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Growth and reproductive investment of introduced Pacific oysters Crassostrea gigas in southern European waters
Cardoso, J.F.M.F.; Peralta, N.R.E.; Machado, J.P.; van der Veer, H.W. (2013). Growth and reproductive investment of introduced Pacific oysters Crassostrea gigas in southern European waters. Est., Coast. and Shelf Sci. 118: 24-30.
In: Estuarine, Coastal and Shelf Science. Academic Press: London; New York. ISSN 0272-7714, more
Peer reviewed article  

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    Crassostrea gigas (Thunberg, 1793) [WoRMS]
Author keywords
    Crassostrea gigas; growth and reproduction; spawning; body condition;seasonal cycle; Portugal and Spain

Authors  Top 
  • Cardoso, J.F.M.F., more
  • Peralta, N.R.E.
  • Machado, J.P.
  • van der Veer, H.W., more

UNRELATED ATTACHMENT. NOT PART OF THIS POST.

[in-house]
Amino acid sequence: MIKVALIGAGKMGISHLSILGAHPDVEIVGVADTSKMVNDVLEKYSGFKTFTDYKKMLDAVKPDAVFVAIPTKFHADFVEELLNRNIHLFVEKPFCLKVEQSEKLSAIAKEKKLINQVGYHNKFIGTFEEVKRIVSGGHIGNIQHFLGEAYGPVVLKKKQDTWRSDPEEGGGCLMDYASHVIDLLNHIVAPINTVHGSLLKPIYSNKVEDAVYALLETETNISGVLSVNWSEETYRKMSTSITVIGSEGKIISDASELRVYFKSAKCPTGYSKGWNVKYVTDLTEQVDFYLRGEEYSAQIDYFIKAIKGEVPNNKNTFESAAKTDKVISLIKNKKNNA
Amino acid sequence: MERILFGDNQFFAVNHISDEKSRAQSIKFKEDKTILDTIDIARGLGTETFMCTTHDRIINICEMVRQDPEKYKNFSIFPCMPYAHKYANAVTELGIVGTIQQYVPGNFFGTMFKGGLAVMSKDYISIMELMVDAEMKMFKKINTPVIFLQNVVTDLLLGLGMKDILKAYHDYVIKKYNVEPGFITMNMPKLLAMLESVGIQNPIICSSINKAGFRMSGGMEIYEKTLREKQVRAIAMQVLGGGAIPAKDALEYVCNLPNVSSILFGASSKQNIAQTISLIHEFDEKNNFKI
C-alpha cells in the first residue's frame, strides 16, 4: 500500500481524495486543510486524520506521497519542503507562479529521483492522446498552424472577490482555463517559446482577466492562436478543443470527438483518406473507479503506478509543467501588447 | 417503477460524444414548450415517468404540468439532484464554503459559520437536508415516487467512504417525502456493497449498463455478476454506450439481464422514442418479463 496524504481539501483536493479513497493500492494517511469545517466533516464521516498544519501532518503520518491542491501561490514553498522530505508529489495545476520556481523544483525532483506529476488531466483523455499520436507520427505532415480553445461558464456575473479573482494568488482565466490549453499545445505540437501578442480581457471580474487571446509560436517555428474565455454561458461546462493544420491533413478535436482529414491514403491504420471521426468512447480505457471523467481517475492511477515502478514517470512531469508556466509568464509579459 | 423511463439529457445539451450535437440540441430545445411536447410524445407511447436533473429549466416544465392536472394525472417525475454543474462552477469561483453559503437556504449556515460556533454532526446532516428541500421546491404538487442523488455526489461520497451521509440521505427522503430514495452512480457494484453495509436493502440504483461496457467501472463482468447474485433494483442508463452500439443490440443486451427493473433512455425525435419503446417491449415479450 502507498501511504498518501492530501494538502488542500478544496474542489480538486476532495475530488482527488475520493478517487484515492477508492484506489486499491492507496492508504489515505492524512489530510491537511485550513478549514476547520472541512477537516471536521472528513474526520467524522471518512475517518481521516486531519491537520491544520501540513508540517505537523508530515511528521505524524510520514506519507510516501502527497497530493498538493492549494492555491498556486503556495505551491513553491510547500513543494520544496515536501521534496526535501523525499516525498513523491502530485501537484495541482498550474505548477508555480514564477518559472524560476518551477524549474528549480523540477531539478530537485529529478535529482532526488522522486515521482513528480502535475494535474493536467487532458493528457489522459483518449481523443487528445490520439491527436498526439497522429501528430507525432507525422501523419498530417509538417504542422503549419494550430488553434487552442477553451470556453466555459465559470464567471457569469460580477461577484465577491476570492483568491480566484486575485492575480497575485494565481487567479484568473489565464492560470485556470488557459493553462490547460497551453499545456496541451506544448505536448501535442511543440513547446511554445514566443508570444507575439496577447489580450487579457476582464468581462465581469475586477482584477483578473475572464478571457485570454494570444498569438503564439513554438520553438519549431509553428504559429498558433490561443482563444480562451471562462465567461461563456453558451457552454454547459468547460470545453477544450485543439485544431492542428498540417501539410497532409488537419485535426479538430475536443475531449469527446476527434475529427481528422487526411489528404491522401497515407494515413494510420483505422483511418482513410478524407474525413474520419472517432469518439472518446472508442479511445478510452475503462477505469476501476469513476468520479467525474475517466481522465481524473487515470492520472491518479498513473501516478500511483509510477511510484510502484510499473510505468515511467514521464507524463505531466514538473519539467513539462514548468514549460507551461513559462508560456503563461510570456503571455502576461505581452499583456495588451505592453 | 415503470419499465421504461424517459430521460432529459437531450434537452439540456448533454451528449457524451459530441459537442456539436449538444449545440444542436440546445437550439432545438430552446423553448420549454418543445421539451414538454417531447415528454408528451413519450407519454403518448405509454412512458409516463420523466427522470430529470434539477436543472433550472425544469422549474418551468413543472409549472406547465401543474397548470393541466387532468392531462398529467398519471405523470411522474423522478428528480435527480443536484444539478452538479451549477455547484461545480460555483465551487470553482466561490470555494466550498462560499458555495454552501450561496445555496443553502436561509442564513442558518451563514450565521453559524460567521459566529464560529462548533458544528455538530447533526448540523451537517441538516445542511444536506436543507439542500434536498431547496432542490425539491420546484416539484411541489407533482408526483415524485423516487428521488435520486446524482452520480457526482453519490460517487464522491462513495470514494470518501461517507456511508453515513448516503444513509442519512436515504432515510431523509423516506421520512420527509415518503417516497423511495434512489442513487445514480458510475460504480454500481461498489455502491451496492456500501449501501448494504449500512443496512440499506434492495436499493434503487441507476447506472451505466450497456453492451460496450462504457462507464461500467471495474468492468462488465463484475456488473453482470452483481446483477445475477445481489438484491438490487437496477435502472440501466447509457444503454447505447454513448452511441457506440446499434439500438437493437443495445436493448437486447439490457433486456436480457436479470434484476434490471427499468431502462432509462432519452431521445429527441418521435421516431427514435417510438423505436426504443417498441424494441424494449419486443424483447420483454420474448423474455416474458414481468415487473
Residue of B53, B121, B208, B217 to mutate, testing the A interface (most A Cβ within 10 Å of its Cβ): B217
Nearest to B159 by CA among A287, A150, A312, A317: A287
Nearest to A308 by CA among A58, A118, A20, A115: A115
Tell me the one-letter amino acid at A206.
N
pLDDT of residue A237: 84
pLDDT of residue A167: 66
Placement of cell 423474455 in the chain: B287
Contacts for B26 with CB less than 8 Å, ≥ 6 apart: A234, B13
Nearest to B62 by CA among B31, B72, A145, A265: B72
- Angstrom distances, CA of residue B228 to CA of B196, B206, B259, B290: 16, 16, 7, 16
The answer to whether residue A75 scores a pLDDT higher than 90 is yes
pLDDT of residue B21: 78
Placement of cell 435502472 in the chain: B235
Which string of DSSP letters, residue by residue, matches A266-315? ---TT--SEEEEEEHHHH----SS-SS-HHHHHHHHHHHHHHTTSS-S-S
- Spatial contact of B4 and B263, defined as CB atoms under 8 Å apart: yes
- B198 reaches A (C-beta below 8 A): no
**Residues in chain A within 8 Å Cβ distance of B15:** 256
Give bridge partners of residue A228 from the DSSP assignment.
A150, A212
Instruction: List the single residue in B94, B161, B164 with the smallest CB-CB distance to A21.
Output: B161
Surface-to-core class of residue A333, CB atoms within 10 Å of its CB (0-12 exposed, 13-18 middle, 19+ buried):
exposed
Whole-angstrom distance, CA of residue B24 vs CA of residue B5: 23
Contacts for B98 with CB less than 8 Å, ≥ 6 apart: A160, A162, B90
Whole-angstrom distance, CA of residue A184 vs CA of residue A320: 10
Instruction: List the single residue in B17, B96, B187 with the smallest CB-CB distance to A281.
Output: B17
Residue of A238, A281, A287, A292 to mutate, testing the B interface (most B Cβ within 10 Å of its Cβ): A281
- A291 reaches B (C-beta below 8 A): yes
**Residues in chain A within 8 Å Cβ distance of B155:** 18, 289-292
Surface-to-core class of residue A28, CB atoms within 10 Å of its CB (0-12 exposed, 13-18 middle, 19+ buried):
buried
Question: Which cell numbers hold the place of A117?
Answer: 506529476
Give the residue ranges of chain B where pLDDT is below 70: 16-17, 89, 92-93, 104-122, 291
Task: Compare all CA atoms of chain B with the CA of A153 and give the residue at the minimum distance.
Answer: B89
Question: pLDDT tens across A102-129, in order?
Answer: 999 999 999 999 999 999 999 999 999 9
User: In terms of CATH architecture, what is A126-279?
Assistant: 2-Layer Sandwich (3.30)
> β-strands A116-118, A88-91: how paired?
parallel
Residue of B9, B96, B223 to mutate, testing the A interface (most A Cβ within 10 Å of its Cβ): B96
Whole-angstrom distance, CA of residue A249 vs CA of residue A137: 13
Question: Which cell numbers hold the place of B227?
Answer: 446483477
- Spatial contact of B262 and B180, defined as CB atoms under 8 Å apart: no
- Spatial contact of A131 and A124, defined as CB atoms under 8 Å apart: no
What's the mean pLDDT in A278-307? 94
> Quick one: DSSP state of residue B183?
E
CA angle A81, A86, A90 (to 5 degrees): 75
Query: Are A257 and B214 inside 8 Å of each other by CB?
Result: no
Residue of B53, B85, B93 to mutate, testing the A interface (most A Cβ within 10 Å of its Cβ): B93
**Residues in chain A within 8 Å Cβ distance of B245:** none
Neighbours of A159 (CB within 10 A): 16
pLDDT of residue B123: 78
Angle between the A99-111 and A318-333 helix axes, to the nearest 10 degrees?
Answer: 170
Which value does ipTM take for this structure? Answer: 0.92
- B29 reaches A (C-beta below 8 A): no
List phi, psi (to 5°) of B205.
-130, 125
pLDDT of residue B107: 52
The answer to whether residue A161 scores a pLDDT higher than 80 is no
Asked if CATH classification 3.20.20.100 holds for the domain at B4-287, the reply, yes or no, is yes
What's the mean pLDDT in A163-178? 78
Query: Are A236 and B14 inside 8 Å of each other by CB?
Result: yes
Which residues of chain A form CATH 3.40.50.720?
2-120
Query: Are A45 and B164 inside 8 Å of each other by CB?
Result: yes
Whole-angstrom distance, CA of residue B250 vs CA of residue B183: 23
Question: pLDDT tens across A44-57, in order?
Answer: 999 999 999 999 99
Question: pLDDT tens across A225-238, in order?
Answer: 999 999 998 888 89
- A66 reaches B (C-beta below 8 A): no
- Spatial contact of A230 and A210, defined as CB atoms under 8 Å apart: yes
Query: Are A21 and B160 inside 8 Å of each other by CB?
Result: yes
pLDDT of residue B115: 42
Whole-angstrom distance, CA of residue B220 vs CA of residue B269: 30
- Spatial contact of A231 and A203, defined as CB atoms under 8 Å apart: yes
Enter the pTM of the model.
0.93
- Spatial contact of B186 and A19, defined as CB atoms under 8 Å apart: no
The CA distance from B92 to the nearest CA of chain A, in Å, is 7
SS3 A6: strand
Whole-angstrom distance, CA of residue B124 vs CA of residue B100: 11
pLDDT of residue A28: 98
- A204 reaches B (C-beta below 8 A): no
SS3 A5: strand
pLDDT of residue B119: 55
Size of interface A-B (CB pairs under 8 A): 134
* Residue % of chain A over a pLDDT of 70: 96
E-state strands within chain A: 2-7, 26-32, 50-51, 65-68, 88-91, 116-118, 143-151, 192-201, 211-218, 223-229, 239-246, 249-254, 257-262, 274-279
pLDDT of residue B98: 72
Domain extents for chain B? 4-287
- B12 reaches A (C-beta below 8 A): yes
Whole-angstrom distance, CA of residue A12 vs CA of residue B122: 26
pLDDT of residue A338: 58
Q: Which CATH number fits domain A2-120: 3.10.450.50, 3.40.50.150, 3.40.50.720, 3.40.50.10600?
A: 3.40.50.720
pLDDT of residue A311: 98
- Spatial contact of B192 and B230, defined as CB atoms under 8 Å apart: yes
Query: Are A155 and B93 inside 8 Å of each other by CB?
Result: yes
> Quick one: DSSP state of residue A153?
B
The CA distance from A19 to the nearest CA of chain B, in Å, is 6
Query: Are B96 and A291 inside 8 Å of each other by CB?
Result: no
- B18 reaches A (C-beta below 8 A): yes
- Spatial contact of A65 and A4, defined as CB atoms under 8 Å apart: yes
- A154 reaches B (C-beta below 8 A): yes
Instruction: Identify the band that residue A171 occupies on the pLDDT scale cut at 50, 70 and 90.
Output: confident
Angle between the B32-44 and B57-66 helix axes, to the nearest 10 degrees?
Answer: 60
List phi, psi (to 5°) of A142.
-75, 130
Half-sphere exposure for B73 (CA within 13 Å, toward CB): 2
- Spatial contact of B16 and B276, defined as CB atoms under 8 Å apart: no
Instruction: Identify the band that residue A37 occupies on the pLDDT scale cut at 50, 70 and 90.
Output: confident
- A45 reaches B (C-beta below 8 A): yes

Growth and reproductive investment of cultured Pacific oysters Crassostrea gigas were studied in two south-western European estuaries: the Ria de Ribadeo in Spain and the Ria Formosa in Portugal. Developing gonads were found in individuals >23.5 mm shell length in the Ria Formosa and >27.5 mm shell length in the Ria de Ribadeo. Although the amount of gonadal mass in relation to total body mass was higher in the Ria de Ribadeo, oysters from this location did not spawn completely. In contrast, oysters from the Ria Formosa completely emptied their gonad during spawning. Reproduction and, consequently, the maximum potential for population expansion may be constrained in both areas: in the Ria de Ribadeo due to suboptimal spawning threshold temperatures and in the Ria Formosa due to higher metabolic costs caused by warmer winter temperatures. Nevertheless, in comparison to northern oyster populations, Portuguese and Spanish populations have higher reproductive output. If suitable environmental conditions are met, expansion of Portuguese and Spanish populations will most likely occur. In the Ria Formosa, where environmental conditions for growth and reproduction are favourable, wild oysters are already observed. In order to follow the dynamics of oyster populations and predict possible negative effects on the ecosystems, it is important to continue monitoring the physiological performance of C. gigas in these areas.

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